Individual Salary & Wage Earners


Deductions you can claim

When completing your tax return, you’re entitled to claim deductions for selected expenses, most of which are directly related to earning your income.

To claim a work-related deduction:

  • You must have spent the money yourself and not have been reimbursed;
  • It must be directly related to earning your income; and,
  • You must have a record to prove it.

*N.B. If the expense was for both work and private purposes, you can only claim a deduction for the work-related portion.

Below is a summary of deductions allowed by the Australian Tax Office (ATO). Please keep in mind that there are specific obligations to be met for many of these deductions.

Please seek our further advice before claiming these items.  The ATO targets unsubstantiated deductions claimed by individuals.  If you are ineligible, or cannot substantiate your claims, potential penalties can apply. Contact us today so we can help identify the opportunities that are available to you.

Clothing, Laundry, and Dry-Cleaning Expenses

  • Occupation-Specific clothing
    • Must be specific and identifiable (e.g. Chef’s checked pants)
  • Compulsory work uniforms
    • There are no deductions for non-compulsory uniforms, unless your employer has registered the design with AusIndustry.
  • Cleaning of work clothing
    • You must have written evidence such as diary entries and receipts for your laundry expenses if both:
      • the amount of your claim is greater than $150; and,
      •  your total claim for work-related expenses exceeds $300.
  •  Protective clothing, e.g.
    • fire-resistant and sun-protection clothing
    • safety-coloured vests
    • non-slip nurse’s shoes
    • rubber boots for concreters
    • steel-capped boots, gloves and heavy-duty shirts and trousers
    • overalls, smocks and aprons you wear to avoid damage or soiling to your ordinary clothes during your income-earning activities.
  • Dry cleaning expense
    • You can claim the cost of dry-cleaning work-related clothing, however if your total work-related claim exceeds $300, you must have written evidence to substantiate the claim.

Tools & Equipment

If you buy tools, equipment or other assets to help earn your income, you can claim a deduction for some or all of the cost.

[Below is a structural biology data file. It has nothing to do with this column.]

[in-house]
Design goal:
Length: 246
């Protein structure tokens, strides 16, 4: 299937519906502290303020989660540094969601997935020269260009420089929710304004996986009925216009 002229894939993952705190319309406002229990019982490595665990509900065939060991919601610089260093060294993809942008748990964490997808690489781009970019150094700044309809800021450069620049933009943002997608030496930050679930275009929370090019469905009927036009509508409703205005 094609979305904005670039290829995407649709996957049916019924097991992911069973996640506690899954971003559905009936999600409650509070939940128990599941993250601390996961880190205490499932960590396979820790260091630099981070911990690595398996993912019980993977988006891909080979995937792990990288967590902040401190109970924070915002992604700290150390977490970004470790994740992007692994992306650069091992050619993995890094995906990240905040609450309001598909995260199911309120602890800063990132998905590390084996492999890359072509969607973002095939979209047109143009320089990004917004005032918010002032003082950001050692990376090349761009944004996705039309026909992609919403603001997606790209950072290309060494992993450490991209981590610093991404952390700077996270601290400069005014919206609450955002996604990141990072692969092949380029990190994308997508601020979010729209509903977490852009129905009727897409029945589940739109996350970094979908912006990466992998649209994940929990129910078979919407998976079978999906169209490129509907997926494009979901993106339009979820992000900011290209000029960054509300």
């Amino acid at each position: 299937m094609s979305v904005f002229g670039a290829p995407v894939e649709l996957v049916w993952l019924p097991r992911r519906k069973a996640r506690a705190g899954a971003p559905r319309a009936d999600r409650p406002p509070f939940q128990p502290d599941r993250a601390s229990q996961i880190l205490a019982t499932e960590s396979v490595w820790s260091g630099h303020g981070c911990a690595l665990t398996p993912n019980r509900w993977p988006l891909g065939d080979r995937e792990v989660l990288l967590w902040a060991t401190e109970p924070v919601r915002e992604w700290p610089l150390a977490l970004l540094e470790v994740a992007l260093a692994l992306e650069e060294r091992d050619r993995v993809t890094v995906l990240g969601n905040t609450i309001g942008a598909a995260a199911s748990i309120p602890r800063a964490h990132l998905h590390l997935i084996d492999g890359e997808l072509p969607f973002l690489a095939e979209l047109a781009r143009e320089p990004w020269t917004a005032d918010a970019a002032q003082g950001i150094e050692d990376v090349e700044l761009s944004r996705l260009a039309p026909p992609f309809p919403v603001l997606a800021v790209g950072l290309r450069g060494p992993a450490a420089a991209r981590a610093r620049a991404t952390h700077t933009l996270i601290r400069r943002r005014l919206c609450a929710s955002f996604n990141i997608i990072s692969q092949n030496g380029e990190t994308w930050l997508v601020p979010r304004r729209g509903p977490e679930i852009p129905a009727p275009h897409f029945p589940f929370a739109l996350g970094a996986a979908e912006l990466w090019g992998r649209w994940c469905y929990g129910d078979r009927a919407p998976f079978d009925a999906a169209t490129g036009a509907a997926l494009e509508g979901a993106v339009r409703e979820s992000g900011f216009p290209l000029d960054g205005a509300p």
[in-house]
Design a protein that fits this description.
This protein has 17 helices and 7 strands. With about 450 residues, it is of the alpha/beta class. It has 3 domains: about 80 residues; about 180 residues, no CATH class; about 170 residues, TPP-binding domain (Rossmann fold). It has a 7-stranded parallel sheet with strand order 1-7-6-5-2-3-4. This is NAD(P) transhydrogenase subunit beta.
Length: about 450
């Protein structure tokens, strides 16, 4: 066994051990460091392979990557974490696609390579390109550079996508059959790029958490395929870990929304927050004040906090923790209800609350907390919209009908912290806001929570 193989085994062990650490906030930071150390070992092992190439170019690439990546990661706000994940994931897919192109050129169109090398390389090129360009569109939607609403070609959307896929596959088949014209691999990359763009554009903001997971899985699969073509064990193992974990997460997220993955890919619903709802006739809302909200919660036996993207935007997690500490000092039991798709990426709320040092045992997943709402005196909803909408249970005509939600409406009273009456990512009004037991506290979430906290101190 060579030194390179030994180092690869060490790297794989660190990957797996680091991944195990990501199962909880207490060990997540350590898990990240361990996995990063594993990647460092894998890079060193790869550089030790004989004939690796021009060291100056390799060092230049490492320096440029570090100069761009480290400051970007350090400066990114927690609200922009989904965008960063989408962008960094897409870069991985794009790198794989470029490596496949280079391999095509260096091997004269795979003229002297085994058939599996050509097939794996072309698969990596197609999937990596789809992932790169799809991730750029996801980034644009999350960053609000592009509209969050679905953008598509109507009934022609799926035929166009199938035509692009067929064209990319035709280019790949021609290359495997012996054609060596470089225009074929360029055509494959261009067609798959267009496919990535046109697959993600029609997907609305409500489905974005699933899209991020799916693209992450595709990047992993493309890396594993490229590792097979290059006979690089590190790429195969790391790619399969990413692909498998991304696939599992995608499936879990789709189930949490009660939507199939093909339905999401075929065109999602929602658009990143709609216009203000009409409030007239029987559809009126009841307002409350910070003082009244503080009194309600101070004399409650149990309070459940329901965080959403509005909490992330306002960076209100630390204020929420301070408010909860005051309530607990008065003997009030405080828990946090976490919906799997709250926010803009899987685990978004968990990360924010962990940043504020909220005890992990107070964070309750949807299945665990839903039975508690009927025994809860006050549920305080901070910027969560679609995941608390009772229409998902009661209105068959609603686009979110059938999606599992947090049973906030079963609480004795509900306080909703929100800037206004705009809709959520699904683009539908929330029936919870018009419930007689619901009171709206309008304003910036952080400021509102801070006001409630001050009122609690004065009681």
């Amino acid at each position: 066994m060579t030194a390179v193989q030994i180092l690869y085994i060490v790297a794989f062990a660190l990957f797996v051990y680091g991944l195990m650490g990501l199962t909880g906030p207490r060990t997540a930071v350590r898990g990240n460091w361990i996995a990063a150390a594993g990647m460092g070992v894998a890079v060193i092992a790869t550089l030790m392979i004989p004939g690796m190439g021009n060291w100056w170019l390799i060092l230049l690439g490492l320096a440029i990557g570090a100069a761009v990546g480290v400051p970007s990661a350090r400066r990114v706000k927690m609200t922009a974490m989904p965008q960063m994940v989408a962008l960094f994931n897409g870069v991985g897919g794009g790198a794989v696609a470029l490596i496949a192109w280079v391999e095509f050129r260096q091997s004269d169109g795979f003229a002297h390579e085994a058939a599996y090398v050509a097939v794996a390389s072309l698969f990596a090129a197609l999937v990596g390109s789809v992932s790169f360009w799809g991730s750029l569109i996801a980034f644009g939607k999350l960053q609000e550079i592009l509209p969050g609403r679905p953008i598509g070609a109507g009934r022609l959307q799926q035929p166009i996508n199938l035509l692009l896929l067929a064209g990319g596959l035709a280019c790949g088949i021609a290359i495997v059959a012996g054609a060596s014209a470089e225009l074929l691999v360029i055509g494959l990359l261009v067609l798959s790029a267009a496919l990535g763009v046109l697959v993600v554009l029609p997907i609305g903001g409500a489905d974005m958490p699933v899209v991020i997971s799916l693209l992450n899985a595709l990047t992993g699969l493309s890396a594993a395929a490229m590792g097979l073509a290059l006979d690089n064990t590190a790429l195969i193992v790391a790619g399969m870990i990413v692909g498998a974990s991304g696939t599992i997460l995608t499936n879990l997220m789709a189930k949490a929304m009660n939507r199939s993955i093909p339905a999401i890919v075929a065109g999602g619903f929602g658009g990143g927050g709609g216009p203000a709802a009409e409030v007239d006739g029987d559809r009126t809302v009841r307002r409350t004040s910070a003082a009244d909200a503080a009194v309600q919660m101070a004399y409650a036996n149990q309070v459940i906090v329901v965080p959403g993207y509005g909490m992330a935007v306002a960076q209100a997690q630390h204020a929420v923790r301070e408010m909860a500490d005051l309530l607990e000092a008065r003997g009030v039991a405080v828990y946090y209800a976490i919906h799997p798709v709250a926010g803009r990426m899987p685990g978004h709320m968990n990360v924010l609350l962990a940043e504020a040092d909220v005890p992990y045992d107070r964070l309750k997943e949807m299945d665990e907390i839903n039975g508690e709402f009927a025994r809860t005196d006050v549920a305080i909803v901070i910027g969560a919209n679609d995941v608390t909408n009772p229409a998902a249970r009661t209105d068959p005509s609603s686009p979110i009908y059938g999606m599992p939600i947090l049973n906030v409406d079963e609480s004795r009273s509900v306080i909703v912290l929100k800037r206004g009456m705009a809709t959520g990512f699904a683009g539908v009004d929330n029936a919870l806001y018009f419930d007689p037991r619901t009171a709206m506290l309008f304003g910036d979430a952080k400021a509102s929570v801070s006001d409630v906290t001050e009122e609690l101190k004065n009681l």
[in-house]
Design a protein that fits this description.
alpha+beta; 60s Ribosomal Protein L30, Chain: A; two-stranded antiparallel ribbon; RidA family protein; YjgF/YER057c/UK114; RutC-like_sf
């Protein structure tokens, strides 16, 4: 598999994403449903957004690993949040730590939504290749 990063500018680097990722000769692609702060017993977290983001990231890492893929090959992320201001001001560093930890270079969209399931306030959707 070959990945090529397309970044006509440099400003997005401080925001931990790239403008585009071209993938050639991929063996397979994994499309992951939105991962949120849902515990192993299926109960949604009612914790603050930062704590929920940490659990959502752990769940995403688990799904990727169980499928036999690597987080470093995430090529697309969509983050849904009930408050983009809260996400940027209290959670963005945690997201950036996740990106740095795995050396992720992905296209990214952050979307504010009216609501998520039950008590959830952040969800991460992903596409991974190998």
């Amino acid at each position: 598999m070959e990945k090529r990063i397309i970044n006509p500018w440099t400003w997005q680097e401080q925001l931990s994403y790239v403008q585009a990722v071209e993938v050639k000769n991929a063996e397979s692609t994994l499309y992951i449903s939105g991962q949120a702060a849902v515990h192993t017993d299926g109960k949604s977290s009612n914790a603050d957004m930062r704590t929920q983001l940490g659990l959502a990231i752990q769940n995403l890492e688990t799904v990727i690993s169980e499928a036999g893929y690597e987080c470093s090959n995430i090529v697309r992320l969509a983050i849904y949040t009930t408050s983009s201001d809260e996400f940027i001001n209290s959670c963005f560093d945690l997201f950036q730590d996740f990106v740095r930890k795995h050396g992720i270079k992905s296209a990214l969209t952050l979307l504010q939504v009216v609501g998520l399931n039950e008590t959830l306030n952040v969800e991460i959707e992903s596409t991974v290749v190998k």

Examples of tools, equipment or assets:

  • Calculators
  • Computers and software
  • Desks, chairs and lamps
  • Safety equipment
  • Technical instruments
  • Filing cabinets and bookshelves
  • Hand tools or power tools
  • Protective items, such as hard hats, safety glasses, sunscreens and sunglasses
  • Professional personal libraries

Gifts and Donations

  • For you to claim a gift (or donation) as a tax deduction, it must meet four conditions:
    1. The gift must be made to an eligible entity. We call these entities ‘deductible gift recipients’ (DGRs).
    2. The gift must truly be a gift. A gift is a voluntary transfer of money or property where you receive no material benefit or advantage.
    3. The gift must be money or property, which includes financial assets such as shares.
    4. The gift must comply with any relevant gift conditions. For some DGRs, the income tax law adds extra conditions affecting the types of deductible gifts they can receive.
  • For gifts of money, all gifts of $2 or more are deductable. For gifts of property, there are different rules, depending on the type of property and its value.
  • Bushfire and flood donations
    • Donations of $2-$10 to bucket collections conducted by an approved organisation for bushfire and flood victims, you can claim a tax deduction equal to your contribution without a receipt
    • If the contribution exceeds $10, a receipt is required.
  • What you can’t claim – Gifts that provide you with a personal benefit, e.g.